by Staff Writer Raynell Joseph
As we wrap up the public hearings into racially biased policing in Tulsa, let’s acknowledge the great work of City Councilor Vanessa Hall-Harper, Demanding a JUSTulsa, and the organizing it took to push the Council in this direction. It was an eight month process of infuriating excuses from the Council that ended in a unanimous vote to hold the hearings. I was there that night and it was a historic moment where the power of the people was palpable. Tulsa, a city that is behind in numerous ways, especially in the areas of race and equitable policing practices, has joined the ranks of Baltimore, Portland, Chicago, and Columbia, Missouri in holding these hearings.
There’s also a need to acknowledge the Black Tulsans who continue to bravely stand and recount traumatic police encounters before the Council. Reliving trauma is not easy. It is painful and can be down right torturous. The act of recounting a traumatic experience can add another layer of distress that one has to recover from. Dr. Tiffany Crutcher, in a recent interview on The Bobby Eaton Show, shared her experience during that unforgettable night at City Council where she brought her brother’s belongings from scene of his senseless killing. “I had to do something so traumatic to me. I don’t even think I’m still over it.”
It was during the first listening session at City Hall where Simba Williams recounted his families’ traumatic encounters with the Tulsa Police Department that I began to struggle with the idea of community members reliving their trauma before the Council. Not only was it clearly painful for him to share his story, but it was made quite evident that night that it was falling on the ears of apathetic white people. I’m not sure how anyone could have been in that room and not experienced some sort of emotion listening to a fellow Tulsan be so vulnerable and share such a painful experience. However, it was made clear, and continues to be made clear, that these aren’t people who are willing to take on the responsibility that comes with empathy. We’re dealing with people who haven’t accepted that their reality is vastly different from black and brown people in this city. The Black Tulsans who choose to participate and attend these police accountability sessions live through direct and indirect trauma on a consistent basis and then relive it again before those who are complicit in the systems that caused the trauma in the first place.
Community activist Kristi Williams, who was instrumental in the establishment of the police accountability hearings, gave me a different perspective to consider. “I can’t change Phil’s way of thinking. I can’t change his heart. What I can do is steadily pick at that system that he has been born into and benefits from.” Ms. Williams implored me to see past the City Council when it comes to the public hearings. “In those hearings, I see people who gave their lives. I see the children we work with, Terrence Crutcher, my brother, Joshua Barre. I see Emmitt Till, Fannie Lou Hamer, Marcus Garvey, Ella Baker. I see my ancestors. I see them.”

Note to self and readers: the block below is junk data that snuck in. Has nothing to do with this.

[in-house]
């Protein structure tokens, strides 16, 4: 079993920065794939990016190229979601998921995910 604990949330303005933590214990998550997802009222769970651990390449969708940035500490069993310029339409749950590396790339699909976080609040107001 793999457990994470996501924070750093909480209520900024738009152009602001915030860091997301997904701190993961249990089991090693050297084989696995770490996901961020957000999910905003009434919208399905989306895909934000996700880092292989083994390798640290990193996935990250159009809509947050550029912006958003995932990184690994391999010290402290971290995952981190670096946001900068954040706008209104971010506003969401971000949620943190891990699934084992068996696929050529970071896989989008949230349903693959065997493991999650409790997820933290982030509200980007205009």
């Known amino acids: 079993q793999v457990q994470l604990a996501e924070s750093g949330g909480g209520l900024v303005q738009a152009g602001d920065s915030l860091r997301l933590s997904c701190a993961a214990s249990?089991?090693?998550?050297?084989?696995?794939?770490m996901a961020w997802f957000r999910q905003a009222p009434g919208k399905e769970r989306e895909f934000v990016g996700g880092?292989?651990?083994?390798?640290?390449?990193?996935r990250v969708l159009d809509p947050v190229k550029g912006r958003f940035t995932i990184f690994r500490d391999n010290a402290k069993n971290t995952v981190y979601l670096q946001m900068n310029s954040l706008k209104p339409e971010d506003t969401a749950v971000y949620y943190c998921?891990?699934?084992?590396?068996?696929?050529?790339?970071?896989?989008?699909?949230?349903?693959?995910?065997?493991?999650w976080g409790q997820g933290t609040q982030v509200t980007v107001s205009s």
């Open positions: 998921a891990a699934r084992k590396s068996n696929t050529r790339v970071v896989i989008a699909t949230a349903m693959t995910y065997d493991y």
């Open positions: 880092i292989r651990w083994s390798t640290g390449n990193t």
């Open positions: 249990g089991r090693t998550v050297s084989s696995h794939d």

History is filled with examples of African-Americans taking their grief and utilizing it to drive change. In fact, a black woman’s testimony was enough to scare the most powerful white man in the country. Fannie Lou Hamer’s testimony demonstrated the power of the personal narrative. Mammie Till Mobley’s decision to have an open casket at her son’s funeral reignited the Civil Rights movement. It was the murder of 17-year old Trayvon Martin that fueled the Black Lives Matter movement.
A friend recently shared a tweet by activist Ericka Hart that embodies where Tulsa is now: “How much of your racial justice work is explaining things to white people vs. liberating marginalized folks from thinking they must explain things to white people?” It’s time to stop explaining to individuals like City Councilor Cass Fahler, who have clearly biased views when comes to law enforcement and has continuously put said beliefs on blatant display, such as with his recent remarks on the Office of the Independent Monitoring (OIM) where he reduced it to merely “reward[ing] those who are not willing to take responsibility for their actions, and lay[ing] the blame upon the providers of justice, our wonderful Tulsa Police Department.”
I don’t claim to know what the answers or next steps are in the journey to police reform in this city. Whether it’s people identifying ways to shift power and resources away from police, as organizers in these cities have done, utilizing unarmed mediation and intervention teams, as suggested in this Rolling Stone article, or demanding policies that reduce the “adversarial interactions people have with police” in Tulsa. What I do know for sure is that in addition to identifying ways to continue the fight, we must also turn our focus on supporting and restoring our fellow community members. We need to encourage them to take time off to address their mental health concerns and seek the help of professionals when needed. As Kristi mentioned, reach out and check on others when they cross your mind. We need to be that safe place for one another. After all, it is up to us to liberate, restore, and heal us for us.
Photo credit: Joseph Rushmore